This might be too subjective but I'm curious about other peoples' experiences. Mods, please close if this is too far into "not a real question" territory.

I see many questions on this site about "what are good resources?" and "where do I learn?", but what are common mistakes that designers make?

Ie., if you're on the train and you see a poster ad on the wall, how often do you think "wow, I can't believe they did that!"? Are there certain mistakes that are more commonplace than others?


8 Answers 8


This is a real question, and it's a good one. It's also one that has entire books devoted to it! (One that I highly recommend, even to design school grads, is Robin Williams' "The Non-Designer's Design Book." It beautifully defines and demonstrates the biggest and commonest design errors.) Let's narrow it to technique errors, because I think that's what you're really asking about. And to keep it simple, let's confine this mostly to print (since you mention posters).

Here are a few that I see far too often:

  1. Not reading and understanding the publishing specs for a printed piece: Magazines, billboard companies, printers' prepress departments all have exact specs for size, resolution, color space, bleed, etc. I don't know any publisher or printer who doesn't list this as their number one complaint about the artwork they receive. If the artwork comes in wrong, then it has to be corrected before it can be used (or, worse, they let it go through and it comes out too dark, too light, with bad color or worst of all distorted to fit). Corrections add time and expense; errors passed through result in unhappy clients who won't come back. Always read the spec carefully and talk to the prepress department before starting the design.

  2. Not allowing for folds: It's too easy to forget that paper has thickness. When a piece is folded multiple times, or a booklet is folded and stitched, things won't fit, or will be in the wrong place if the design didn't allow for that. Again, talk to the printer before you start.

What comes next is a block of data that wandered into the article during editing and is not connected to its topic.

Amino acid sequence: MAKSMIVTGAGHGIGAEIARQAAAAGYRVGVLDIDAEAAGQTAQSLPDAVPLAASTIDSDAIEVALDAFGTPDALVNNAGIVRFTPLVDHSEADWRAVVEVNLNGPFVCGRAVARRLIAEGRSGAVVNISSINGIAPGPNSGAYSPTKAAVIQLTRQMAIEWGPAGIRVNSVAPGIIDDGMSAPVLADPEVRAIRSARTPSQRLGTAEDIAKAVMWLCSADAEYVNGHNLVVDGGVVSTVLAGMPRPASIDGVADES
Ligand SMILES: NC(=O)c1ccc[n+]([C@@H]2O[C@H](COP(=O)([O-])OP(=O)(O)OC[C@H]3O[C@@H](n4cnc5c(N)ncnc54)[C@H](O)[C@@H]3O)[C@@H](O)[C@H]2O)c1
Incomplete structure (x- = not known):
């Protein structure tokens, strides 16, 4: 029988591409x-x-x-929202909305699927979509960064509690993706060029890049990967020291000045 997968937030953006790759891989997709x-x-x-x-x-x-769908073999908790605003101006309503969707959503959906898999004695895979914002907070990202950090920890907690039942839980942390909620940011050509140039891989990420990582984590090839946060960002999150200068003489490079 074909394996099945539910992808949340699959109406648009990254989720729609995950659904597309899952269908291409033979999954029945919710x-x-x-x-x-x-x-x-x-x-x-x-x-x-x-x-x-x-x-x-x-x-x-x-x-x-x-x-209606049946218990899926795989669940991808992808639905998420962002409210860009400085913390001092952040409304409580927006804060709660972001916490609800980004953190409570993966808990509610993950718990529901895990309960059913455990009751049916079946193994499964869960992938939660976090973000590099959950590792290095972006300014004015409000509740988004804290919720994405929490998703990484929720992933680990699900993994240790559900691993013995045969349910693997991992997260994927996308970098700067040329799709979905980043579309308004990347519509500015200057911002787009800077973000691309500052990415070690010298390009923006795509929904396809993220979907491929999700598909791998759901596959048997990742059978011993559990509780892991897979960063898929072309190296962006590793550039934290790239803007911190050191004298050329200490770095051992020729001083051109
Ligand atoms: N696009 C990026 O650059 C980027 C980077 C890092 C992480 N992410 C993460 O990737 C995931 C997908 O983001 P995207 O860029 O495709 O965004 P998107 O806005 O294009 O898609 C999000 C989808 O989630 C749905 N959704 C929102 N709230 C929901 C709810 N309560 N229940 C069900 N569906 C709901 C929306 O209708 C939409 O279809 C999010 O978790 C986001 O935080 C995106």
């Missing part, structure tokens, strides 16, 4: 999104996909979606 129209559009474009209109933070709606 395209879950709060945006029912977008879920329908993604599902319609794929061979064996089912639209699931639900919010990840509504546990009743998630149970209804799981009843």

3. Lousy kerning: Headlines that are badly kerned have one tenth the impact of properly typeset headlines. Don't take your font's/software's defaults. It will be wrong 90% of the time in at least one or two letter pairs.

  4. Typos: Things like extra spaces, misspelled words (or worse, names), wrong dates/times. It's amazing how often these will slip by if you don't proofread carefully.

  5. Not lining things up: This one separates the amateurs from the real designers every time. Exact alignment looks "right" and has impact. A headline and subhead that almost align on the left edge look awful. The client might not identify this as a problem, but they will know something is subtly wrong.

  6. Typewriter habits: Things like using spaces, instead of tabs or your layout program's indent settings, to indent text, two spaces after punctuation instead of one, extra blank lines between paragraphs, all scream "amateur" and look bad.

  7. Not being consistent: In any publication longer than one page (and even then), designers who don't work with style sheets introduce little inconsistencies of spacing, leading, point size, color or shading. Every paragraph, heading, subhead, callout, sidebar or illustration of a particular type should be the same as every other one of that type in a publication. Style sheets (Paragraph, Character and Object styles) not only keep things consistent, they allow any style changes to be reflected throughout the document without error. It astonishes me how many designers don't use them.

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    This is a fantastic list. Commented May 15, 2011 at 14:23
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    I lol'd at "1/10 the Impact"
    – horatio
    Commented May 25, 2011 at 15:08
  • Alan, could you expand on what you mean in #4 by using "indent settings to indent?" I must be misunderstanding you, because this sounds really wrong to me.
    – Tim Mackey
    Commented Dec 11, 2011 at 6:35